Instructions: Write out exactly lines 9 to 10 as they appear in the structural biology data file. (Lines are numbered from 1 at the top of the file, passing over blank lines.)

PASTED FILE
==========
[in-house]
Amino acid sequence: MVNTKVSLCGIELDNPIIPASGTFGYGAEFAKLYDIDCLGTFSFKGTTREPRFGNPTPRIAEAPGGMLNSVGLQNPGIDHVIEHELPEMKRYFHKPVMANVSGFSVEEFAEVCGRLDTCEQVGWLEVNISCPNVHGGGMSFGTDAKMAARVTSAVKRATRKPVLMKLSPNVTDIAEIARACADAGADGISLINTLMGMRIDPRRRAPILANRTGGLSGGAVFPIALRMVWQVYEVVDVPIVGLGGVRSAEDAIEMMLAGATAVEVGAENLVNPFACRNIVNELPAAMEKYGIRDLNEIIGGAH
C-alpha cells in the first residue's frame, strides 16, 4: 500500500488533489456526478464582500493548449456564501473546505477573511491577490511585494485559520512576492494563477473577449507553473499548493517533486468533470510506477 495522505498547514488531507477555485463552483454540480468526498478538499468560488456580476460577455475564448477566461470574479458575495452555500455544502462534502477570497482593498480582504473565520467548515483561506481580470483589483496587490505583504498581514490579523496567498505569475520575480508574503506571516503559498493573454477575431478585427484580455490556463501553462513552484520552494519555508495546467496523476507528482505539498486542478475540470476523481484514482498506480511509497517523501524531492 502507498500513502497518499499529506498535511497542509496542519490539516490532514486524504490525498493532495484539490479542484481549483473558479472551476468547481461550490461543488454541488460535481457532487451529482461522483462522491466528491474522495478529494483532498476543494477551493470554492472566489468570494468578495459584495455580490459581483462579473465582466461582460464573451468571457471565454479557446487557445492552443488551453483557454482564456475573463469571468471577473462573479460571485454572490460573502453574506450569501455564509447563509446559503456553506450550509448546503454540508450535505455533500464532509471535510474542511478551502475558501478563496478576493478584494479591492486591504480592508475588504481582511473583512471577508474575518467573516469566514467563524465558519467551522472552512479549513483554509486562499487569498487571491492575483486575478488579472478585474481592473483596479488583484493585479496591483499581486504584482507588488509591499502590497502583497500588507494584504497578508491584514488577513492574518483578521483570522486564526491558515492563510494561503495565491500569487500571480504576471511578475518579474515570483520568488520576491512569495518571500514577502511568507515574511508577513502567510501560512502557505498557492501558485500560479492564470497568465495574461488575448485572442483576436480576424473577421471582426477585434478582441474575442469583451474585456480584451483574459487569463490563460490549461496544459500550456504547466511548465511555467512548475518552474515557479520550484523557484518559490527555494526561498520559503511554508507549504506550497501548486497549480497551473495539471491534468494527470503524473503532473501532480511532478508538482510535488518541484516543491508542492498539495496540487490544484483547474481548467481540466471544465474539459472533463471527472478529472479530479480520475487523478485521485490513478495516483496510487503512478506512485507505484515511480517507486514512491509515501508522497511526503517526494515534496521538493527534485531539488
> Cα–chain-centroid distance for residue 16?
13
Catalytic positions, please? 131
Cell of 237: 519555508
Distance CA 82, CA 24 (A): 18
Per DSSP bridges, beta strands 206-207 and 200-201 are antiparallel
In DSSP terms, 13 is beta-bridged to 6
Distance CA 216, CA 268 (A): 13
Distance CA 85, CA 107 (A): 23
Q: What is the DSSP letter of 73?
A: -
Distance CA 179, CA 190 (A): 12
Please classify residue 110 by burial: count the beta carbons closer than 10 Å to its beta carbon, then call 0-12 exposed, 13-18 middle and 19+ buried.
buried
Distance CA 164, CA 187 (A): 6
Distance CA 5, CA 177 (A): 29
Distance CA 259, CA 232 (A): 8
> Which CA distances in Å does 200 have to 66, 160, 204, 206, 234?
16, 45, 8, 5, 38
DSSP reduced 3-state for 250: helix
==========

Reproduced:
Per DSSP bridges, beta strands 206-207 and 200-201 are antiparallel
In DSSP terms, 13 is beta-bridged to 6